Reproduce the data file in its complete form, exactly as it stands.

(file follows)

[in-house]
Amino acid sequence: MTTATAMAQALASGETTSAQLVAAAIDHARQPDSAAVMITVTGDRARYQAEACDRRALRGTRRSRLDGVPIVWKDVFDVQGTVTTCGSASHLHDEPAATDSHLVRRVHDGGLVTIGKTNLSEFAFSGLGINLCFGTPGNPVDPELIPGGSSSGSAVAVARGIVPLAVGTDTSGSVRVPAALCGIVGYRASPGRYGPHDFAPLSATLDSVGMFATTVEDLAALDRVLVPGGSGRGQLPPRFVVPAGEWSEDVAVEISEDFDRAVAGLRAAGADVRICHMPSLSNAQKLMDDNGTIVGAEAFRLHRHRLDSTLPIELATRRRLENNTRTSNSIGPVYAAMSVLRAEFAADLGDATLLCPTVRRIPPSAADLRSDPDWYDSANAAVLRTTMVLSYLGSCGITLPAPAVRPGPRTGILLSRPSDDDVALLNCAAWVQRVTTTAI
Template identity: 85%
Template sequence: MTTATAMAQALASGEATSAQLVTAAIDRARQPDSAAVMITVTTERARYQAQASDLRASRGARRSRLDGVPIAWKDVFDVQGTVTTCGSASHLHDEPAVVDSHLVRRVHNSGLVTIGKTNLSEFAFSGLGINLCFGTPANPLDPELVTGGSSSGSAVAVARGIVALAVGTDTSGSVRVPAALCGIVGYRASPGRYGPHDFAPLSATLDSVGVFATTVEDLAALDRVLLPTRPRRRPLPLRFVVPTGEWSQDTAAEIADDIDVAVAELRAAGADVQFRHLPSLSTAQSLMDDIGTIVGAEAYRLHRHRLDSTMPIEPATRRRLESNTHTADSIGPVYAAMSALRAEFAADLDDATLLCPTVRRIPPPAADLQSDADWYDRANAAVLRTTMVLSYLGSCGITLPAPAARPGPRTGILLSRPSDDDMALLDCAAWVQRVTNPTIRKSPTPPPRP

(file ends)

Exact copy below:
[in-house]
Amino acid sequence: MTTATAMAQALASGETTSAQLVAAAIDHARQPDSAAVMITVTGDRARYQAEACDRRALRGTRRSRLDGVPIVWKDVFDVQGTVTTCGSASHLHDEPAATDSHLVRRVHDGGLVTIGKTNLSEFAFSGLGINLCFGTPGNPVDPELIPGGSSSGSAVAVARGIVPLAVGTDTSGSVRVPAALCGIVGYRASPGRYGPHDFAPLSATLDSVGMFATTVEDLAALDRVLVPGGSGRGQLPPRFVVPAGEWSEDVAVEISEDFDRAVAGLRAAGADVRICHMPSLSNAQKLMDDNGTIVGAEAFRLHRHRLDSTLPIELATRRRLENNTRTSNSIGPVYAAMSVLRAEFAADLGDATLLCPTVRRIPPSAADLRSDPDWYDSANAAVLRTTMVLSYLGSCGITLPAPAVRPGPRTGILLSRPSDDDVALLNCAAWVQRVTTTAI
Template identity: 85%
Template sequence: MTTATAMAQALASGEATSAQLVTAAIDRARQPDSAAVMITVTTERARYQAQASDLRASRGARRSRLDGVPIAWKDVFDVQGTVTTCGSASHLHDEPAVVDSHLVRRVHNSGLVTIGKTNLSEFAFSGLGINLCFGTPANPLDPELVTGGSSSGSAVAVARGIVALAVGTDTSGSVRVPAALCGIVGYRASPGRYGPHDFAPLSATLDSVGVFATTVEDLAALDRVLLPTRPRRRPLPLRFVVPTGEWSQDTAAEIADDIDVAVAELRAAGADVQFRHLPSLSTAQSLMDDIGTIVGAEAYRLHRHRLDSTMPIEPATRRRLESNTHTADSIGPVYAAMSALRAEFAADLDDATLLCPTVRRIPPPAADLQSDADWYDRANAAVLRTTMVLSYLGSCGITLPAPAARPGPRTGILLSRPSDDDMALLDCAAWVQRVTNPTIRKSPTPPPRP